Langa Letter: 10 Critical Factors When Buying A New PC
Fred Langa outlines and explains his top decision points when purchasing new desktop hardware.
It's a new year, and for many of us, that means new hardware budgets. But buying a PC today is complicated somewhat by two major factors -- hardware standards that are changing; and the scheduled release of Microsoft's Vista operating system. Make the wrong choice, and you may find your new PC dead-ended and obsolete much sooner than it should have been. But make the right hardware choices today, and your new PC will remain useful for years to come, letting you ride out the coming changes with aplomb.
In the next few pages, we'll look at 10 major factors to consider in making a PC purchase today. Yes, the number 10 is somewhat arbitrary, but you're free to add to or delete from this list as you see fit: It's a place to start, and to help ensure that your hardware purchase decisions include some of the most important influences.
Operating System Changes Affect Your Hardware Choices
Ultimately, your choice of operating system shapes your hardware choices, and in 2006, we'll have three major variables at play: Windows "Vista"
-- the successor to XP -- is slated to roll out toward the end of the year. Linux continues to make inroads as a full-fledged alternative to Windows. And Apple is beginning to migrate the Mac to a standard, Intel-based PC platform. Any or all of these could affect your choice of hardware.
Of course, any standard PC you buy today most likely will ship with XP either installed or offered as the default choice. In fact, XP will remain for sale up to the launch of Vista. But XP is already at least halfway through its planned life cycle: Full or "mainstream" support for XP is currently scheduled to end on Dec. 31, 2006, meaning that warranty claims and non-charge support will end. Also, for the most part, no major new features will be added to XP after that date, except for security patches.
After Dec. 31, 2006, XP Pro will enter what Microsoft calls the "extended" support phase, which runs until Dec. 31, 2011: During that time, Microsoft will continue to offer security updates for download; and will keep self-help resources available for free via the Knowledgebase and other Microsoft.com sites; but tech support will be available only for a fee. In effect, XP Pro will go into a stable maintenance period, with little or no new features added.
And note that the above is specific to XP Pro. Although our focus here is mainly business, it's worth mentioning that XP Home currently has no planned "extended support" phase. Instead, it is scheduled to become unsupported as of Dec. 31, 2006.
Microsoft has juggled the life cycle schedules of its products many times before and no doubt will do so again. In fact, as I write this, many of the official life-cycle information pages at Microsoft.com are offline, presumably for updating. But the following pages are working as I write this, and may help if you have questions about Microsoft's product life cycles:
No matter what the final life-cycle dates are, the fact is that XP is getting along in age; it's fully mainstream, and is at best entering the last half of its expected lifespan. Therefore, it'd be wise to spec any new PCs you buy now so they'll be able to work with XP's successors or alternatives.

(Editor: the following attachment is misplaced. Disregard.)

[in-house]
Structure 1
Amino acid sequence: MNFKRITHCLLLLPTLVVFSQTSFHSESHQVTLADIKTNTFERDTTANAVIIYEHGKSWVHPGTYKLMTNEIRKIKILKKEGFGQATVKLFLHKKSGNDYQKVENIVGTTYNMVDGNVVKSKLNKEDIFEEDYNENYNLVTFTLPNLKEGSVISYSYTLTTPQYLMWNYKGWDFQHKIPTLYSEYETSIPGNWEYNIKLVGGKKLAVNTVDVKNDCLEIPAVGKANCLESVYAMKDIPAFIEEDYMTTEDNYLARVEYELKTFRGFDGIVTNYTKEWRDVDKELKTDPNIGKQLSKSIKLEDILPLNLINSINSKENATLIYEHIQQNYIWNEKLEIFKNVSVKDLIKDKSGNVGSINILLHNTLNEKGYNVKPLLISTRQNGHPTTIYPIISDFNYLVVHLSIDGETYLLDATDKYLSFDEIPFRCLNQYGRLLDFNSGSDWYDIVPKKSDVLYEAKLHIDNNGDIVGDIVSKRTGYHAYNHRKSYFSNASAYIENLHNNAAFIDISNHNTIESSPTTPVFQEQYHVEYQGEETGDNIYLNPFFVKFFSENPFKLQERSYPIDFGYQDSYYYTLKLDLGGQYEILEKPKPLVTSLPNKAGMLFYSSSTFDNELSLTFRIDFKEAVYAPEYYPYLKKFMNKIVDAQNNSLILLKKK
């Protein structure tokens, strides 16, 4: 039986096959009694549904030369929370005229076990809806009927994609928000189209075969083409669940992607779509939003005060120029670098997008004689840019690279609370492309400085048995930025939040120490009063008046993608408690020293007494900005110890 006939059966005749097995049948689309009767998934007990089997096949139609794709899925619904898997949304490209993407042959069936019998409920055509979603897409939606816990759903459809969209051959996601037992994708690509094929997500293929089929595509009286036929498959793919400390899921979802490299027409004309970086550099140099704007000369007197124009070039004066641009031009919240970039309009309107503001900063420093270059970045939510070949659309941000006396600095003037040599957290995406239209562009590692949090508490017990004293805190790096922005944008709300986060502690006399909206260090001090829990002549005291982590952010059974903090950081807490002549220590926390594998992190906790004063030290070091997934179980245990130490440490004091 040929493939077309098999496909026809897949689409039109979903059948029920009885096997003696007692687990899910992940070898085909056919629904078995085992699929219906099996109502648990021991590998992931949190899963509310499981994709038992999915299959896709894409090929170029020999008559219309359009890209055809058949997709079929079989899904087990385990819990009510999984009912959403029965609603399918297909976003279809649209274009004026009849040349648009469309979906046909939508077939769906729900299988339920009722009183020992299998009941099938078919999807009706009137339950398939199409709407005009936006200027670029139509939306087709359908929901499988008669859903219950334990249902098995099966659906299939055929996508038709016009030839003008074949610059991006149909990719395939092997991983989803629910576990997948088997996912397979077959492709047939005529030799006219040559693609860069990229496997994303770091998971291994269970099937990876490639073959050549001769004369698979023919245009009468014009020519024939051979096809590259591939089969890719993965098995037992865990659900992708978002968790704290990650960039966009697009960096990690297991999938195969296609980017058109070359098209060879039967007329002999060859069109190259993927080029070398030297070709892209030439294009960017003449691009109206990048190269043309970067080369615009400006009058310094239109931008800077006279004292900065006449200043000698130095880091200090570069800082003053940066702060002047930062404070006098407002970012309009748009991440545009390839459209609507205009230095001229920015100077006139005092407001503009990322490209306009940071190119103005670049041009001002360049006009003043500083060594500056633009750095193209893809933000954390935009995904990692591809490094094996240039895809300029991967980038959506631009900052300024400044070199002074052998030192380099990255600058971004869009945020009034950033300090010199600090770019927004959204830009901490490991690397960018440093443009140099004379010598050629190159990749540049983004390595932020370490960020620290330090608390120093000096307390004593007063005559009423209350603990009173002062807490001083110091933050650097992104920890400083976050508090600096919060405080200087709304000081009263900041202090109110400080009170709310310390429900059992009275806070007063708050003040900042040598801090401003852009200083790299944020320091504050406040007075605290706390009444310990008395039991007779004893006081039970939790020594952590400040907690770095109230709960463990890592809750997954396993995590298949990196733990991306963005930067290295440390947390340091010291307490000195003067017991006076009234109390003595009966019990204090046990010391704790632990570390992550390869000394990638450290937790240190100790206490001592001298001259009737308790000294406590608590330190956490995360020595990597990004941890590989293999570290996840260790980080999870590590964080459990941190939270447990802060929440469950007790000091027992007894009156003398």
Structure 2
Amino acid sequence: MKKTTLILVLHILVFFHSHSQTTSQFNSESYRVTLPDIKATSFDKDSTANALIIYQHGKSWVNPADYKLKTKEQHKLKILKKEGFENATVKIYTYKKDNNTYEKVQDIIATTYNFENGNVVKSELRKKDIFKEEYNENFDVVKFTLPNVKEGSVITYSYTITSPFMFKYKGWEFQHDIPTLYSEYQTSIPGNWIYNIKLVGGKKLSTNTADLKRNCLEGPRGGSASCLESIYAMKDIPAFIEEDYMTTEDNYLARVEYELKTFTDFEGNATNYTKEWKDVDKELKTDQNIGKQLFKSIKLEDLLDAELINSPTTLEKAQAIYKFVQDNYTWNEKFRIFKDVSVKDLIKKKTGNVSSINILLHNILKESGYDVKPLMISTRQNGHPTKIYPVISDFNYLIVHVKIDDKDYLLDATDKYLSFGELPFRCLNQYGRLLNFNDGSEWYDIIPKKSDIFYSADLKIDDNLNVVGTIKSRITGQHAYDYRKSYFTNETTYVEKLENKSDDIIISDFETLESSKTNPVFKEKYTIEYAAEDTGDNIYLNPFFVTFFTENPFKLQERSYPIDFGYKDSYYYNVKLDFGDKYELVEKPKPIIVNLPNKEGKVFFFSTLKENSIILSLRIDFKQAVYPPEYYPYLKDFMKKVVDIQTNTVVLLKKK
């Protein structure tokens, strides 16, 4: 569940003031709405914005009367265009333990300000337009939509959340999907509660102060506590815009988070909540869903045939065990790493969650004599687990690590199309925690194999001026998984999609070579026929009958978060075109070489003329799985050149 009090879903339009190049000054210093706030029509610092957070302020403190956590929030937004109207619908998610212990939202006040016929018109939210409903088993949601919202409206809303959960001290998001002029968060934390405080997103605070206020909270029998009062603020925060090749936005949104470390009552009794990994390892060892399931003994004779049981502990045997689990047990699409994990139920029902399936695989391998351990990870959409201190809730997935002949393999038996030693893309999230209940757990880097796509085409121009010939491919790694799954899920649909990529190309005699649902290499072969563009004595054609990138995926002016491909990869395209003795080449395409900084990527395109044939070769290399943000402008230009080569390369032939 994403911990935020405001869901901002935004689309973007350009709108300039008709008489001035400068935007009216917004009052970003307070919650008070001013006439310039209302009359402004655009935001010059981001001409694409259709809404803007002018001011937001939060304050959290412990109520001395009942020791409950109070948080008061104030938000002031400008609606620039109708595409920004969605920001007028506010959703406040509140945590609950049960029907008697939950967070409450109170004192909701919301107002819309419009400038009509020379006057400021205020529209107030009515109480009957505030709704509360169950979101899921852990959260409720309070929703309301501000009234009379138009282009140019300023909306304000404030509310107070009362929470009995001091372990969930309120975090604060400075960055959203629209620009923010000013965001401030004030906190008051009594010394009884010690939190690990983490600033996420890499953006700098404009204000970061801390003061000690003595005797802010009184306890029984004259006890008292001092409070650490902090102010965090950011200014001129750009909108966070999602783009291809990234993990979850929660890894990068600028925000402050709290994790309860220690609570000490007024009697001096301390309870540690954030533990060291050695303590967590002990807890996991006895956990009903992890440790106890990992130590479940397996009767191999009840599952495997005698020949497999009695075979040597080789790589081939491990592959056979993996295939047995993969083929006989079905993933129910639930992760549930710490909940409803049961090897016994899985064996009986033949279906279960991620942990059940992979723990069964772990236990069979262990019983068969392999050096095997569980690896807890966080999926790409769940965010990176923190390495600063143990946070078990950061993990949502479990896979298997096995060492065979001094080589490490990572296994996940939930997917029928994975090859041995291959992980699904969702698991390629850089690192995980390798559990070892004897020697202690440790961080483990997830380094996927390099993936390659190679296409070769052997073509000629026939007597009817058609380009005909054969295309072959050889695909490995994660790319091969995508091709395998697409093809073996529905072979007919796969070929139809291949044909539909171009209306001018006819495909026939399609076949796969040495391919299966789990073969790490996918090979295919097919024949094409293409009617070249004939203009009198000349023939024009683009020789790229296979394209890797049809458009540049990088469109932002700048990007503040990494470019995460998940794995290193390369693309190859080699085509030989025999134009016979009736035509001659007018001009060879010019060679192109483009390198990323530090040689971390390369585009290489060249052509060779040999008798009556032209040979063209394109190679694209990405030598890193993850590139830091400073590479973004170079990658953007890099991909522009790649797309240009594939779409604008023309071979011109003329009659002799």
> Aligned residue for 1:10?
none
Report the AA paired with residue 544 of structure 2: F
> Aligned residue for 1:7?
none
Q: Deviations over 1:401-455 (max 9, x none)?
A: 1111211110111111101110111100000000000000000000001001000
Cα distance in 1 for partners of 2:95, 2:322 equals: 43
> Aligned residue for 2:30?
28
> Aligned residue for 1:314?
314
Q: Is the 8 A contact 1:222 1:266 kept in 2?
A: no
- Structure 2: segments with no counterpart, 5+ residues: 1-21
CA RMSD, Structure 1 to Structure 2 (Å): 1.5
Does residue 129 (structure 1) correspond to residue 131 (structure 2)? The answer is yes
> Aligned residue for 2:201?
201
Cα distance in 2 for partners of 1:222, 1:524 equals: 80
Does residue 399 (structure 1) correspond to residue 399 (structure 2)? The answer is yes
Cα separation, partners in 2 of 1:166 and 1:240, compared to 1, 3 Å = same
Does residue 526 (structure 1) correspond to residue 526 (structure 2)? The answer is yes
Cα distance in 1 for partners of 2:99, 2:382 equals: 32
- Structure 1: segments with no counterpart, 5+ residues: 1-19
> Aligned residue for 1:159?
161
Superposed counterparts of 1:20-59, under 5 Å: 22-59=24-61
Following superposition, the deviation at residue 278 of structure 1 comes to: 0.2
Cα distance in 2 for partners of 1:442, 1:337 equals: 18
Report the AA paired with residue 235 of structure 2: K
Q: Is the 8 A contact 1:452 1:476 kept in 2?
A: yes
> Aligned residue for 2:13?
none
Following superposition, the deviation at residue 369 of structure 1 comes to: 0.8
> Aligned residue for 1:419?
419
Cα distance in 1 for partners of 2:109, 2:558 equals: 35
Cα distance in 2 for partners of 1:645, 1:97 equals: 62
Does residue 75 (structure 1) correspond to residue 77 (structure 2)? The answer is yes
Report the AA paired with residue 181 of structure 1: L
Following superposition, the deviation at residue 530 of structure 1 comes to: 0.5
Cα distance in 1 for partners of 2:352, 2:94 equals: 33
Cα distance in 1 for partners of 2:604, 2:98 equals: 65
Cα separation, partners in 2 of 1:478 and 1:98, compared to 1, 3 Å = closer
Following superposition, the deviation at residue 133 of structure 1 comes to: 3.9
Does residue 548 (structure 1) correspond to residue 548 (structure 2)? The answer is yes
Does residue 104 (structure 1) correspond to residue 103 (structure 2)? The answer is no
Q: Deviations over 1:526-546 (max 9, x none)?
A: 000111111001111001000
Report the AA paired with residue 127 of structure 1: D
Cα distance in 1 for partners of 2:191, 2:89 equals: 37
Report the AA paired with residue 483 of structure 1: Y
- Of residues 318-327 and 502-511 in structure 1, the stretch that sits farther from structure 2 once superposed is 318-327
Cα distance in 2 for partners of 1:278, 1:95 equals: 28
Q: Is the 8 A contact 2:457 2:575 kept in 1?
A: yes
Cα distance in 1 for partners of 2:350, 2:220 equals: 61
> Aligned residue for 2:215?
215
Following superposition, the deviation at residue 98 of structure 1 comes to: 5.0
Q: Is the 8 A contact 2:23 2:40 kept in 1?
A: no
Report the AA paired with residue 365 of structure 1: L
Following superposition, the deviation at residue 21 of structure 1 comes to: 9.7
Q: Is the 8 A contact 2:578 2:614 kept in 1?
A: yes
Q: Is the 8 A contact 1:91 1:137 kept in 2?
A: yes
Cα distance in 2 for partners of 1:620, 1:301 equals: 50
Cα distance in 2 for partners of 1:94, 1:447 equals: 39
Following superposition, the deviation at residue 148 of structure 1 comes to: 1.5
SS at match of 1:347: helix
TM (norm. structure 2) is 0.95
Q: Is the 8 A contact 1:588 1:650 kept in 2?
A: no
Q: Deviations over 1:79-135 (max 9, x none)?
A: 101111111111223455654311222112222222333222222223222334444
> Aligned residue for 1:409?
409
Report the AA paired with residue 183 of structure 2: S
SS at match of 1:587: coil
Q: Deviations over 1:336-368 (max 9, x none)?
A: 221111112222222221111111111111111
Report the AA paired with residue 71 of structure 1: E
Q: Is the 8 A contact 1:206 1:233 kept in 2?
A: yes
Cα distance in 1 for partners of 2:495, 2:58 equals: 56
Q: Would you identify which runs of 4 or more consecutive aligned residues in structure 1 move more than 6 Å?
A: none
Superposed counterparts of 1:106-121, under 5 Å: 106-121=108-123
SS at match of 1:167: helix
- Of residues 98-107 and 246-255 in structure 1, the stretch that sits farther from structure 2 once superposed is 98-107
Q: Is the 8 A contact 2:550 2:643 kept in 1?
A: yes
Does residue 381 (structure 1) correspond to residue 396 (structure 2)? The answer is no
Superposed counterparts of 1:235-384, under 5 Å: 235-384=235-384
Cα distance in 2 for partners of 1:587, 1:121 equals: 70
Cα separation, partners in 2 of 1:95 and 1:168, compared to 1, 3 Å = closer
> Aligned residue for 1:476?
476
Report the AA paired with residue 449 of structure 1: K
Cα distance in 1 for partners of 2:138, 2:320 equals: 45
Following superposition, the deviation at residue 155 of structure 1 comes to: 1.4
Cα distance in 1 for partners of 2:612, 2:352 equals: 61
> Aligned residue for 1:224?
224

Windows Vista, described by Microsoft here and covered thoroughly in InformationWeek and in other CMP sites and publications, is the most obvious next step to prepare for.
Microsoft says that you can ensure a reasonable level of Vista compatibility if you choose systems today that (1) explicitly state or carry a logo for "Designed for Windows XP" or "Designed for Windows XP x64 Edition;" that (2) have a medium- to higher-end CPU; that (3) have a minimum of 512MB of system RAM; and that (4) have a graphics processor that will support the Windows Display Driver Model (WDDM).
Besides Vista, Linux remains a strong contender as a successor or alternative operating system on the desktop. Linux's hardware requirements aren't particularly steep -- you can get good Linux performance on almost any mainstream PC -- but compatibility remains an issue. The final word on the hardware compatibility of any particular Linux distribution can be found on the vendor's Web site, but for the greatest general Linux compatibility, choose mainstream, nonproprietary, noncutting-edge components.
The soon-to-arrive Apple PCs will add an interesting twist to the PC landscape, and are worth a look if the ability to run the Mac operating system is important to you. But the new PC-based Macs will most likely run a "locked" version of the Mac operating system; one that's keyed to the specific hardware, preventing you from running the Mac operating system on anything but the official Apple-branded PC hardware. Apple's tight control of its hardware and its history of premium pricing suggests to me that these Apple PCs will not be particularly attractive as general-purpose desktops, even if you may be able to use them to dual-boot to Linux or Windows. But if you need to run the Mac operating system, they may merit consideration.
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